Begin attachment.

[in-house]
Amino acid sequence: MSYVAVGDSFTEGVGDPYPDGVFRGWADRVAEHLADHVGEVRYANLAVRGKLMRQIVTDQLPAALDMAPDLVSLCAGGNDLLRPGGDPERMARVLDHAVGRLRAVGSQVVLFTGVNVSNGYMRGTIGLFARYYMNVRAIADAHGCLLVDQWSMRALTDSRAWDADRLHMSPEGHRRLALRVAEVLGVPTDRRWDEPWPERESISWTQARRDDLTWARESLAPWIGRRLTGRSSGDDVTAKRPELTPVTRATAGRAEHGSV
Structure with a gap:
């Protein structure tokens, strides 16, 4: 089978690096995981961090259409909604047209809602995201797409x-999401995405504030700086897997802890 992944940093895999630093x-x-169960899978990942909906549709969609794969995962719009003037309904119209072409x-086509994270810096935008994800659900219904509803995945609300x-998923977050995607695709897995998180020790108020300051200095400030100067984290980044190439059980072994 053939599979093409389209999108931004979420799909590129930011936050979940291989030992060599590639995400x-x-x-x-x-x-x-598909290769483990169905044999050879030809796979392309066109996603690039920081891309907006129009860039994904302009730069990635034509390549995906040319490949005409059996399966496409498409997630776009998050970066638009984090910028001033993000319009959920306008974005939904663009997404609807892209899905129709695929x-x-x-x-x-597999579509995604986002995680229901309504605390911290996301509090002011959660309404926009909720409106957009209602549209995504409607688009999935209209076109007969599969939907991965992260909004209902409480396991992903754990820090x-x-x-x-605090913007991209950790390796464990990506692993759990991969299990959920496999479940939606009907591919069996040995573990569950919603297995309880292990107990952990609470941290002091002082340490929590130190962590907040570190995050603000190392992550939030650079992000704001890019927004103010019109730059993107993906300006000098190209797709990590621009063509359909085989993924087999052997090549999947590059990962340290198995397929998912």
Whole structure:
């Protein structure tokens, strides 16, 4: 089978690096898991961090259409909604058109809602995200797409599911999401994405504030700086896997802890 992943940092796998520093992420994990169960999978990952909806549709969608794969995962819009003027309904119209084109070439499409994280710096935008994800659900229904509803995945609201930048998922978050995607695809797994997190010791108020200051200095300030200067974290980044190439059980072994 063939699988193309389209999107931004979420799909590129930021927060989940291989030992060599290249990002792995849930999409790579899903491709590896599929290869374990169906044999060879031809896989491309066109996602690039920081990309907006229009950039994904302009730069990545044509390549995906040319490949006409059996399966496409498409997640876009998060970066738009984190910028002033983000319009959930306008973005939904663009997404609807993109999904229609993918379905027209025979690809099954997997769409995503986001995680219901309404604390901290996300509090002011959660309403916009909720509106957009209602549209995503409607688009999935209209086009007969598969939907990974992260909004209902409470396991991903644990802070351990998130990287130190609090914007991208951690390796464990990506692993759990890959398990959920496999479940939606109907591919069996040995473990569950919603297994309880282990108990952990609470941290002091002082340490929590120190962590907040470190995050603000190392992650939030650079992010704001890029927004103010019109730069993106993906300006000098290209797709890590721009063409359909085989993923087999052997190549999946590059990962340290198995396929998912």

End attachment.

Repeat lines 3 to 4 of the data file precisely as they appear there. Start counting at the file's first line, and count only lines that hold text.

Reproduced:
Structure with a gap:
């Protein structure tokens, strides 16, 4: 089978690096995981961090259409909604047209809602995201797409x-999401995405504030700086897997802890 992944940093895999630093x-x-169960899978990942909906549709969609794969995962719009003037309904119209072409x-086509994270810096935008994800659900219904509803995945609300x-998923977050995607695709897995998180020790108020300051200095400030100067984290980044190439059980072994 053939599979093409389209999108931004979420799909590129930011936050979940291989030992060599590639995400x-x-x-x-x-x-x-598909290769483990169905044999050879030809796979392309066109996603690039920081891309907006129009860039994904302009730069990635034509390549995906040319490949005409059996399966496409498409997630776009998050970066638009984090910028001033993000319009959920306008974005939904663009997404609807892209899905129709695929x-x-x-x-x-597999579509995604986002995680229901309504605390911290996301509090002011959660309404926009909720409106957009209602549209995504409607688009999935209209076109007969599969939907991965992260909004209902409480396991992903754990820090x-x-x-x-605090913007991209950790390796464990990506692993759990991969299990959920496999479940939606009907591919069996040995573990569950919603297995309880292990107990952990609470941290002091002082340490929590130190962590907040570190995050603000190392992550939030650079992000704001890019927004103010019109730059993107993906300006000098190209797709990590621009063509359909085989993924087999052997090549999947590059990962340290198995397929998912």